Opposition chairperson MK Shelley Yacimovich (Labor) called Wednesday morning for moving up elections, in the wake of Kadima's withdrawal from the unity government. 

"I am calling on you, Bibi, let's go to elections – we even have a reasonable date," she said, November 27.

In a press conference held at the Knesset, Yacimovich referred to the failed talks on formulating a legislation alternative to the Tal Law, regarding drafting of ultra-Orthodox men to the IDF.

"If I were prime minister now, more Haredim would be enlisting than ever before, without hatred and without contention and with dialogue. Benjamin Netanyahu was never anointed as a king. The King Bibi myth, which has been fanned and intensified by a public relations system at which there is no doubt the Prime Minister excels. Netanyahu is a strong politician, but he is only a politician."

Yacimovich opened her statement by saying that "we are at the conclusion of an especially repulsive political circus that to my dismay has been going on for over two months. Circuses have an entertaining element to them, but there was no amusing element to this circus. Only contempt and disgrace for the entire political system. We have witnessed the petty politics of propaganda, of survival, of the political maneuvers, of political alliances born in sin and ended in sin."

Yacimovich argued that this episode has caused the Israeli public to lose faith in the political system. "What does the public at home think when it looks at this heap of unprecedented political maneuvers? The loss of confidence, the erosion and lack of public will to take part in the political system, endangers it. Netanyahu has a vision. That vision is Benjamin Netanyahu. That is what his actions amount to."

Another call for early elections came from the direction of Yair Lapid, the chairman of Yesh Atid party. "That's it. Kadima has withdrawn. Now the Knesset should be dissolved and early elections should be declared," Lapid wrote on his Facebook page.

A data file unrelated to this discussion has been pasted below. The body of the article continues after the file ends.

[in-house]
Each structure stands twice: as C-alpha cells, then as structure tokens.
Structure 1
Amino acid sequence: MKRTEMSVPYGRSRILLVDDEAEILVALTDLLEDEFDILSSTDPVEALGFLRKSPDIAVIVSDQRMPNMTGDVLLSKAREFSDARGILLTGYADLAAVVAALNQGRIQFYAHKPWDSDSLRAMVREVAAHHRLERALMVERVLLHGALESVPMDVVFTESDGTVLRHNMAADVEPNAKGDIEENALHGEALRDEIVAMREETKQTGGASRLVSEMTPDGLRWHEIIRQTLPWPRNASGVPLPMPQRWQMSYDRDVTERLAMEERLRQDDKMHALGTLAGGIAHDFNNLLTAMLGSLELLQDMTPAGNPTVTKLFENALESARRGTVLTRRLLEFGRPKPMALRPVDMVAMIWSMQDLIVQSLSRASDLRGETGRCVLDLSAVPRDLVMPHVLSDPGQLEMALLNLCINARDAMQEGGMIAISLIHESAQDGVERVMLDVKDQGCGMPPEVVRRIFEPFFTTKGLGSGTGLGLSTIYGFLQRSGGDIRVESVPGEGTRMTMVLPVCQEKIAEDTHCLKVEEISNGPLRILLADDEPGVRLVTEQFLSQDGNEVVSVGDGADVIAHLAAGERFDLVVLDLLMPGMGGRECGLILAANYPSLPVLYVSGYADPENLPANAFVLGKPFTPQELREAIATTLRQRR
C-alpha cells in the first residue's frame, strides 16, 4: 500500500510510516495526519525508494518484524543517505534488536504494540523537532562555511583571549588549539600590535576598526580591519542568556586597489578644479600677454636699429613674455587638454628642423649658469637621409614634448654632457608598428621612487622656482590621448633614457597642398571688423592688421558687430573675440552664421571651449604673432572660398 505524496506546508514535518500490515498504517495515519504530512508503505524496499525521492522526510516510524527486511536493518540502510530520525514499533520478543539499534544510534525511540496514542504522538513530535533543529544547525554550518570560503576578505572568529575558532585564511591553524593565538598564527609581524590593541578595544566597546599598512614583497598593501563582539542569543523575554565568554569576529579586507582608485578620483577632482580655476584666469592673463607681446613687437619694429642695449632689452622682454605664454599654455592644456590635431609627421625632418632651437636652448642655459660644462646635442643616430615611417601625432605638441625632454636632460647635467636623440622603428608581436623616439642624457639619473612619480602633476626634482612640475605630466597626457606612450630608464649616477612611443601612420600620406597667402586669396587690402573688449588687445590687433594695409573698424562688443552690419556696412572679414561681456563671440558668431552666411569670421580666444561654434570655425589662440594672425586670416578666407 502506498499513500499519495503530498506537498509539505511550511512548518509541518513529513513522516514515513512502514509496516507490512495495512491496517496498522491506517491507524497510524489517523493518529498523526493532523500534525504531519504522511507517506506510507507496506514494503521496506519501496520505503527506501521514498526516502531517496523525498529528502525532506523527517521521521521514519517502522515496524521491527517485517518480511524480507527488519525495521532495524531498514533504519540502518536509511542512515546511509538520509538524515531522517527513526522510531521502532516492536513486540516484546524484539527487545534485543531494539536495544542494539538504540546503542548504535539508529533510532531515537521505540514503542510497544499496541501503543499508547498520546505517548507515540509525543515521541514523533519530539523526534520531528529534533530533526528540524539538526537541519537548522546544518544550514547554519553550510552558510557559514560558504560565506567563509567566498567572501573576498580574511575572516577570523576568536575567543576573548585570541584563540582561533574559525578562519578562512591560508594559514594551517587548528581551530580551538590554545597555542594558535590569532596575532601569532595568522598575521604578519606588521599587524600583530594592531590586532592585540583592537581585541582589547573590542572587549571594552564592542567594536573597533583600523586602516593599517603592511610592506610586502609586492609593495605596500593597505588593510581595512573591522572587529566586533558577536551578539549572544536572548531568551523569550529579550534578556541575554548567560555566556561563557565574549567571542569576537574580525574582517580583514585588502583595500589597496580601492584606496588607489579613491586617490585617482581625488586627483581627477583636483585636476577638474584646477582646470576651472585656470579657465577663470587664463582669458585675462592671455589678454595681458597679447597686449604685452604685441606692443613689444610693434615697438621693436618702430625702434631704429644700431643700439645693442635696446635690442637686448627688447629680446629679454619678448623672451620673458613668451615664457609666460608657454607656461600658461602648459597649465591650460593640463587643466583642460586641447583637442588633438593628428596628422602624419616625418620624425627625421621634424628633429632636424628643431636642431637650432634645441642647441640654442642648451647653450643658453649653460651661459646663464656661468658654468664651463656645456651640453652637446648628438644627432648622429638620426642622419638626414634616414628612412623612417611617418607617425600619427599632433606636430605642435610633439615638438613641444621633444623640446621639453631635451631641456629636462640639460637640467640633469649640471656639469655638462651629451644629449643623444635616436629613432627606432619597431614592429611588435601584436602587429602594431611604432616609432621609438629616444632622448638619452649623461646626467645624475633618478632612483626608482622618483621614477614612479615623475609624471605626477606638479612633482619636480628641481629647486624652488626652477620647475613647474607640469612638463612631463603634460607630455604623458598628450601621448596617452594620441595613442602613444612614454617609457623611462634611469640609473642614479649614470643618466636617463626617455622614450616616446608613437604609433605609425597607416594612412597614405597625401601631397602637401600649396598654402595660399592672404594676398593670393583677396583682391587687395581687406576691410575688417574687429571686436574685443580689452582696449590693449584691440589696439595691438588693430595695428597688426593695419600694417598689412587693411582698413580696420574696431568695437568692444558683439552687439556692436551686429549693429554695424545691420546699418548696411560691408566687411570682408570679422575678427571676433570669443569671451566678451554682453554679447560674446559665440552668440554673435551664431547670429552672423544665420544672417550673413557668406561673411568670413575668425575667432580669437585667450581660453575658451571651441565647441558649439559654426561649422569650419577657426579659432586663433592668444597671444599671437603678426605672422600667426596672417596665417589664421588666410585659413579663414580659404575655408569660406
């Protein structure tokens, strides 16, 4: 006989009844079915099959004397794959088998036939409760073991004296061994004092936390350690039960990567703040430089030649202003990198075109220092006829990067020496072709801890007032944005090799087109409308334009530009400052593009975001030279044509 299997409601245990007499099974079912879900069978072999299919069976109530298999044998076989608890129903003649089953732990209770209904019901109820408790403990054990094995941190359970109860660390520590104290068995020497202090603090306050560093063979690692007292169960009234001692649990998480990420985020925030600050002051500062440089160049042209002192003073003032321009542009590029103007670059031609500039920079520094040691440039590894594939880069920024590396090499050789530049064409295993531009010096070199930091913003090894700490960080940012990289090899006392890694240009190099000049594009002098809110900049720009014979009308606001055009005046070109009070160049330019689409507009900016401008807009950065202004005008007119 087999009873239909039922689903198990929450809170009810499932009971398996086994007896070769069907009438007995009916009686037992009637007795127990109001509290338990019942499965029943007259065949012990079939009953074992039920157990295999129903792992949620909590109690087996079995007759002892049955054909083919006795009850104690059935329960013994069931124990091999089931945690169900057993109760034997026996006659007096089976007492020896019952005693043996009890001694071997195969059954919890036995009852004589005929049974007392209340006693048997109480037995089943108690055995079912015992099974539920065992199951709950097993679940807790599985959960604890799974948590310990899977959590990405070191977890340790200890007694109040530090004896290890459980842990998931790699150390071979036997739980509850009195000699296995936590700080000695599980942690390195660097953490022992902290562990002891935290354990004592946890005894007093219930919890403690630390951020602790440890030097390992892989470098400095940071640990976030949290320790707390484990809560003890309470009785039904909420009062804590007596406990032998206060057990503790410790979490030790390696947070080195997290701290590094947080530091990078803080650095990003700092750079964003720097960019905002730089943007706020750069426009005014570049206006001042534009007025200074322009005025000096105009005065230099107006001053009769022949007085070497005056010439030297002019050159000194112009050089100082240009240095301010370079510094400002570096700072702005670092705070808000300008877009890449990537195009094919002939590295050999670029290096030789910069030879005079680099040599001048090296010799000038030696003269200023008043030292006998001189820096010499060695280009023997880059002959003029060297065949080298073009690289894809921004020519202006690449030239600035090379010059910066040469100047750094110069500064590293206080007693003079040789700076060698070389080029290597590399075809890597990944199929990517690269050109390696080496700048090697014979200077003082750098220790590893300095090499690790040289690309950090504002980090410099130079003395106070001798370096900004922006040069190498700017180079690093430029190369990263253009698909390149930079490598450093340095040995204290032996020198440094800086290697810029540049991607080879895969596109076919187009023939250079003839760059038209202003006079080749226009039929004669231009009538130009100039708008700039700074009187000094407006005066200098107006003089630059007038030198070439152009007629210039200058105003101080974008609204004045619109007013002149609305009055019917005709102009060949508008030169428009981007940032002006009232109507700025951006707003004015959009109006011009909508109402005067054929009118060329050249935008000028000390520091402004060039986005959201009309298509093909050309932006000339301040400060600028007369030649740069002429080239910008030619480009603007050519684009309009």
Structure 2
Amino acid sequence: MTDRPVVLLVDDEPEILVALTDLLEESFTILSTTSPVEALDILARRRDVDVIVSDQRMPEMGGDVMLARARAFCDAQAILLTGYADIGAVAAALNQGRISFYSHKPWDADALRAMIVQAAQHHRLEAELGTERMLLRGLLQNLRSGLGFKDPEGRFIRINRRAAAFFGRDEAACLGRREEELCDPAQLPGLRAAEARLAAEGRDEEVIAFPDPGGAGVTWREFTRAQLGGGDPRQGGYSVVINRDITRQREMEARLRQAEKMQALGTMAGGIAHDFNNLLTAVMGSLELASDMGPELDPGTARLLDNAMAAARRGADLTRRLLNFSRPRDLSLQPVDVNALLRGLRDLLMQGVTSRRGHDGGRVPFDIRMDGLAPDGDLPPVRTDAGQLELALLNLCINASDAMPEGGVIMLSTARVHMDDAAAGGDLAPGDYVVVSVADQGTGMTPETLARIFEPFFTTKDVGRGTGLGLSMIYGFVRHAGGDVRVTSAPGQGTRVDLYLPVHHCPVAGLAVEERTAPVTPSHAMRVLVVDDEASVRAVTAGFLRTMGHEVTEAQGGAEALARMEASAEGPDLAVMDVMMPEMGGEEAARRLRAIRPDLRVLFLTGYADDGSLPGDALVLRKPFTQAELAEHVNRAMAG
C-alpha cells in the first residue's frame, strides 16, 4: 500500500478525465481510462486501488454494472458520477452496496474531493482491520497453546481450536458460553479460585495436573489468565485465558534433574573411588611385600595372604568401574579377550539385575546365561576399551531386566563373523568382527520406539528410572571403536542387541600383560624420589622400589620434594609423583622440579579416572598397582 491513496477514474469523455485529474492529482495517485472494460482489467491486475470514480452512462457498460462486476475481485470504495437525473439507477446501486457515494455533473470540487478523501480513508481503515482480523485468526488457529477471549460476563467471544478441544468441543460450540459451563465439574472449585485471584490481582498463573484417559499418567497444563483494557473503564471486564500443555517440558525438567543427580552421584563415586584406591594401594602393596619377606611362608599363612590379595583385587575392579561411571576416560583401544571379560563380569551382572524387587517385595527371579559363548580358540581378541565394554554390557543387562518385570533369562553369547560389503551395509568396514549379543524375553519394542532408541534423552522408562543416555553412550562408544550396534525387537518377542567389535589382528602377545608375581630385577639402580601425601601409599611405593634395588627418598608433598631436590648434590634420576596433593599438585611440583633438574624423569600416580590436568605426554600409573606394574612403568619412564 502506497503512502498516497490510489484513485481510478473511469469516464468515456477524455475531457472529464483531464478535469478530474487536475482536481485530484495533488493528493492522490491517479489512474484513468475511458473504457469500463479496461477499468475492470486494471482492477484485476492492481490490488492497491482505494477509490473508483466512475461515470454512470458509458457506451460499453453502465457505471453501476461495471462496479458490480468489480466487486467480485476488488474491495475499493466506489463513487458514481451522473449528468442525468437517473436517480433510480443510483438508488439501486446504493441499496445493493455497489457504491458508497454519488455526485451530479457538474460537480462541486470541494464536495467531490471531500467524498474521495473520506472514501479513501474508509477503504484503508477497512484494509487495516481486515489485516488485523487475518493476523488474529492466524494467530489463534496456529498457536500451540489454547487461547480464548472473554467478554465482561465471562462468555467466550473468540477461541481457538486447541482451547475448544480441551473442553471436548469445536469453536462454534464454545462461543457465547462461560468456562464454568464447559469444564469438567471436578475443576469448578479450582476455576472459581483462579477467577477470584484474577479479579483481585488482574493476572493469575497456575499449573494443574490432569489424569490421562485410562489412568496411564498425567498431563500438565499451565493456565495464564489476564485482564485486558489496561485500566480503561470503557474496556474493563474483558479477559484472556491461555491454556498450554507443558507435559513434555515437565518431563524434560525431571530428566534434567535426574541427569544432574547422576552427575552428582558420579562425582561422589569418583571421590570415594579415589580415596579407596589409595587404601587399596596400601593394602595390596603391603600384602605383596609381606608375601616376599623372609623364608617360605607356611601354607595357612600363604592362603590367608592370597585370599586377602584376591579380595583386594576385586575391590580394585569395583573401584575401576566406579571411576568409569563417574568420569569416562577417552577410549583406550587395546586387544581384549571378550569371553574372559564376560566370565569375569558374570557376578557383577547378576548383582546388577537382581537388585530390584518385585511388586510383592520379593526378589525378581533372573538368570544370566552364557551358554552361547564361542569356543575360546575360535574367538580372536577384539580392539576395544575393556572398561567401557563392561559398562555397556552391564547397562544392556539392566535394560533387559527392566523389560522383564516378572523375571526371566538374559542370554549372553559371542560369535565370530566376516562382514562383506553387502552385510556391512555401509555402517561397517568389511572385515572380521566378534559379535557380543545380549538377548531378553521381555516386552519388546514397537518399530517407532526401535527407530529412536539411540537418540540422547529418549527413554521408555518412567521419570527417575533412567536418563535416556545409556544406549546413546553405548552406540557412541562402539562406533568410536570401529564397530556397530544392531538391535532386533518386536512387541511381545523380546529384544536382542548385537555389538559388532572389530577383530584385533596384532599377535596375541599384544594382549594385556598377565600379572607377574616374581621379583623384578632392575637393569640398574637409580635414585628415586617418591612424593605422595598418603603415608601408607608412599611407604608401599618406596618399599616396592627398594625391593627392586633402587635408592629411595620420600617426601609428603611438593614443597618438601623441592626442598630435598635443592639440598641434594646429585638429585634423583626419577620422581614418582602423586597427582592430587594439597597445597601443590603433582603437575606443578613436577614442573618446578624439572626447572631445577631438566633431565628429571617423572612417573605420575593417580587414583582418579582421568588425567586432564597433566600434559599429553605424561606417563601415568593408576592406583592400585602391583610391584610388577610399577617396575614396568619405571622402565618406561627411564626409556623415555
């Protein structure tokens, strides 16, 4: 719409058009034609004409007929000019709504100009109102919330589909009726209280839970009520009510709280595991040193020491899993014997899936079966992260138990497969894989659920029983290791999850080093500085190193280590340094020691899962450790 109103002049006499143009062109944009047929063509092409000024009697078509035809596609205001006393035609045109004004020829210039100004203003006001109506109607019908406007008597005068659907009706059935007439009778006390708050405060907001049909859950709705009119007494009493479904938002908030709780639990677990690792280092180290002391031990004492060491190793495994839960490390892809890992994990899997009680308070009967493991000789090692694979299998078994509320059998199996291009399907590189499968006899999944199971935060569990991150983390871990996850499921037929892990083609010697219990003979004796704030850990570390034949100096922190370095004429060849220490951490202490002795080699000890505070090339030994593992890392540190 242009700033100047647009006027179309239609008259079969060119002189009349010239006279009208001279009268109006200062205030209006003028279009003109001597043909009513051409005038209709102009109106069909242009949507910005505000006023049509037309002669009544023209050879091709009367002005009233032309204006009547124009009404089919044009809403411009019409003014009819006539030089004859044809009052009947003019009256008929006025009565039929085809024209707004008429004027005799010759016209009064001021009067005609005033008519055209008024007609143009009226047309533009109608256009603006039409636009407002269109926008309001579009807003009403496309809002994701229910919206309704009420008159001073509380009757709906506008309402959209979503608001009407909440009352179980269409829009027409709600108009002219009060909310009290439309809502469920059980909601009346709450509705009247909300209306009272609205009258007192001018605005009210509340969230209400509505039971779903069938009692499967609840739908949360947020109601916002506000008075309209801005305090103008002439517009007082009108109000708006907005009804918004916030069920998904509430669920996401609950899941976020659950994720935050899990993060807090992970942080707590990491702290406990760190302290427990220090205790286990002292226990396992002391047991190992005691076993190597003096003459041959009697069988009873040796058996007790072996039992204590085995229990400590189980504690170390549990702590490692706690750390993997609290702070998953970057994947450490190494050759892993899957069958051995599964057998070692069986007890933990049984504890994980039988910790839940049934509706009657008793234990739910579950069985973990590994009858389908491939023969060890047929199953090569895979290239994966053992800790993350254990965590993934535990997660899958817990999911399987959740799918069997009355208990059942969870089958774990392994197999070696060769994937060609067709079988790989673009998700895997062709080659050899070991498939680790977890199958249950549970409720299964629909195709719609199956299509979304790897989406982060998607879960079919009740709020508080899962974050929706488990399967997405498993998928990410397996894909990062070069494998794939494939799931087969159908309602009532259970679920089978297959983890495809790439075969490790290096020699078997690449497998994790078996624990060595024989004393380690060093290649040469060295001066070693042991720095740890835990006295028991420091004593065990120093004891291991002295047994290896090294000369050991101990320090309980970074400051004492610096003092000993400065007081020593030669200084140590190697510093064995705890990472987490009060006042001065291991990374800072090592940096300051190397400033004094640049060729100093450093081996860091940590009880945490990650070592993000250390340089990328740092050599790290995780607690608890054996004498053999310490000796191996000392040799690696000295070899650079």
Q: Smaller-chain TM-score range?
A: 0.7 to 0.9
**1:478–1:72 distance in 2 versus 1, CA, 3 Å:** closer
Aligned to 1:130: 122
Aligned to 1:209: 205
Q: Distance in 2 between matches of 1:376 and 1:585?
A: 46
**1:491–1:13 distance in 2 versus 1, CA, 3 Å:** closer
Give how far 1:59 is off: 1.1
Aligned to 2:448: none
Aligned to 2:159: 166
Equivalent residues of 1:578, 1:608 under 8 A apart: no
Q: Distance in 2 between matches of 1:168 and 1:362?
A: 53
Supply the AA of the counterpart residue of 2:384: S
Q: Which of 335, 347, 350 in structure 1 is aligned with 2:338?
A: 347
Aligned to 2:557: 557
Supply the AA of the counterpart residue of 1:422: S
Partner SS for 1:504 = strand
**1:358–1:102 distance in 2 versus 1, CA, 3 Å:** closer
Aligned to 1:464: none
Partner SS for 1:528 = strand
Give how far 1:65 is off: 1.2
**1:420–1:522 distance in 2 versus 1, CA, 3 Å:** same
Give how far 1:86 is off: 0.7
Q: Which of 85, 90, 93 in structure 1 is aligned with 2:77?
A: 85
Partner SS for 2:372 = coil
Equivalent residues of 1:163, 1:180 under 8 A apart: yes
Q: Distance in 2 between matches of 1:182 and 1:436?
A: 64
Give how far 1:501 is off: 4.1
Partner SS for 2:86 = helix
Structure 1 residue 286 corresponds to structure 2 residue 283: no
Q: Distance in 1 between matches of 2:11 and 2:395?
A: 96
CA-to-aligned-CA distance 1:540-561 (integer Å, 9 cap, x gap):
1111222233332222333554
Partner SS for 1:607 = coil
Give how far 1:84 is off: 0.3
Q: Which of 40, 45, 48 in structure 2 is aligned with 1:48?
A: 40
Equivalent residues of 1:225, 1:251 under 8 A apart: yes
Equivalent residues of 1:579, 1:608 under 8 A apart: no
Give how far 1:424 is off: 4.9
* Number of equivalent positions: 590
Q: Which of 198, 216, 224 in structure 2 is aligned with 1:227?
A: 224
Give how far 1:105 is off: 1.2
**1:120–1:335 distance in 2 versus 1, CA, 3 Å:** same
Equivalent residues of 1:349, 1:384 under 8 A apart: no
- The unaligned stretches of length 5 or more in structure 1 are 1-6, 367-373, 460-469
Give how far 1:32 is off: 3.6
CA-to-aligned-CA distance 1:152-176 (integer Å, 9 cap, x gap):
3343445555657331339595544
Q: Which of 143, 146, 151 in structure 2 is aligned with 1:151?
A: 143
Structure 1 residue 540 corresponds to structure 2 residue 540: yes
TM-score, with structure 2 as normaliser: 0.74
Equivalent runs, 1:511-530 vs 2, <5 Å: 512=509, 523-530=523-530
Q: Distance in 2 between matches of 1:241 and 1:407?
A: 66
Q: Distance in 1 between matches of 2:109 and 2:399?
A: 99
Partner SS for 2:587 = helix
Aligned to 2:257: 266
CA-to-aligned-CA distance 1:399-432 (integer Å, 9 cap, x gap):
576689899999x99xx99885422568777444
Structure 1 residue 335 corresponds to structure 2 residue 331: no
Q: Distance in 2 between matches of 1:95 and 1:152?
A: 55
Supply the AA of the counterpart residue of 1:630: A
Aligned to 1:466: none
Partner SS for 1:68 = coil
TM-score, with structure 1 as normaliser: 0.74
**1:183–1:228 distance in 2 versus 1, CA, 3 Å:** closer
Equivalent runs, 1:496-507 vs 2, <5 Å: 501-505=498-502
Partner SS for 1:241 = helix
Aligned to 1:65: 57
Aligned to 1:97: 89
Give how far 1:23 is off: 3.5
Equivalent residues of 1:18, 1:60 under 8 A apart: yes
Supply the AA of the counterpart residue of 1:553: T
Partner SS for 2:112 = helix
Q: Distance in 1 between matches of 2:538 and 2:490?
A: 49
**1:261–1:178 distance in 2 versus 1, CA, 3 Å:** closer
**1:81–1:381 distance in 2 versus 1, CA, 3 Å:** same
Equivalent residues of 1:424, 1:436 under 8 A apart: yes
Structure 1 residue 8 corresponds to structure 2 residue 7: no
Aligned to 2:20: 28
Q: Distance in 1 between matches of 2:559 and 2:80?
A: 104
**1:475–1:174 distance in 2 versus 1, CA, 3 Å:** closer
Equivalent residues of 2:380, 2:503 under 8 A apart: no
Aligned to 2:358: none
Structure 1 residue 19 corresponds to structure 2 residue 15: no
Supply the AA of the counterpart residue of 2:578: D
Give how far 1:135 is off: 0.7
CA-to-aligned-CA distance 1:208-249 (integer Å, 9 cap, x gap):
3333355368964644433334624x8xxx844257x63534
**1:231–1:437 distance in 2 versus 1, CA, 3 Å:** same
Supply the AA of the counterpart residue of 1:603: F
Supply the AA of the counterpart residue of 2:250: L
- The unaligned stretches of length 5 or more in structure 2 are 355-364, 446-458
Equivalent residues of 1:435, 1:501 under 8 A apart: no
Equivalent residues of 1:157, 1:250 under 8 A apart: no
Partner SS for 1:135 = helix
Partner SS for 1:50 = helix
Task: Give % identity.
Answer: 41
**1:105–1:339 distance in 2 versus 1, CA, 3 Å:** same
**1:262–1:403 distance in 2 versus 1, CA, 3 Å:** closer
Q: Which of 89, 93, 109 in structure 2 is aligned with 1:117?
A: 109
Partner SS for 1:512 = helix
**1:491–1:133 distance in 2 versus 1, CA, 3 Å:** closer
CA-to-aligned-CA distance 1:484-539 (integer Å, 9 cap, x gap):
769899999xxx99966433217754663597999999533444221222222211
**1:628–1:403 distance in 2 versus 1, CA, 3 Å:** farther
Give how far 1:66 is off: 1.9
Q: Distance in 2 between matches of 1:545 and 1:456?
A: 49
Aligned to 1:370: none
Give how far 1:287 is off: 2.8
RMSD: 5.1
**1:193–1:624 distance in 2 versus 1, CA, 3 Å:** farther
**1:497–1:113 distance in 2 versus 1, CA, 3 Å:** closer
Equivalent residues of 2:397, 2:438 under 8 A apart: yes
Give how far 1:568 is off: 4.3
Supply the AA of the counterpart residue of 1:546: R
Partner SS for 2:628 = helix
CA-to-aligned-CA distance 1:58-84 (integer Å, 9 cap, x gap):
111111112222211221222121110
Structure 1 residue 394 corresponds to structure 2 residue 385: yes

"Netanyahu could have chosen a proper solution for equal [IDF] service for all, but after the usual zigzags and roundabouts he ultimately caved in, as always, to the Haredi politicians. We At Yesh Atid are prepared for elections. The time has come to remove this awful government from power."

This morning, Foreign Minister Avigdor Lieberman made it clear that he does not intend to resign the cabinet even if the legislative bill, calling for a universal draft law for every 18-year-old, will not be approved later Wednesday.

In an interview with Army Radio, the foreign minister said: "Really, we are not on our way out from the coalition. Anyone who speaks of withdrawing is clearly interested in bringing down the government. Anyone who truly cares about drafting must support Yisrael Beiteinu's proposal. Even if it does not pass, the issue is one of priorities. Even if no law is passed in August, we must prevent the approving of a terrible law. In any event, we will vote in the cabinet and in the Knesset against the Ya'alon plan. It would allow the possibility of continuing what existed in the past."

Lieberman also referred to calls from the "suckers' tent" protestors, who are demanding for an equal distribute of the national burden, after they called on him to resign from the government.

"Some of them are Yacimovich's people who don't want to draft the Haredim and the Arabs, but only want to bring the government down," Lieberman said.

On Tuesday, the unity coalition of Benjamin Netanyahu and Shaul Mofaz reached its conclusion, some 70 days after it was formed. Mofaz announced his faction's withdrawal from the coalition due to disagreement between Kadima and Likud on the universal IDF draft law.

"Netanyahu positioned himself at the side of the draft dodgers and not at the side of those who are bearing the burden," Mofaz said after the faction meeting. "I have come to understand that the prime minister left us no choice... any additional proposal would only be worse. Another couple of days or a week will not change its essence," Kadima's leader added.

Netanyahu responded to Mofaz' decision in a letter. "I am saddened by your choosing to waive an opportunity to make an historic change. After 64 years, we were very close to making a fundamental change in how the burden is distributed," wrote Netanyahu. "I will continue to work toward a responsible solution that Israeli society is looking forward to."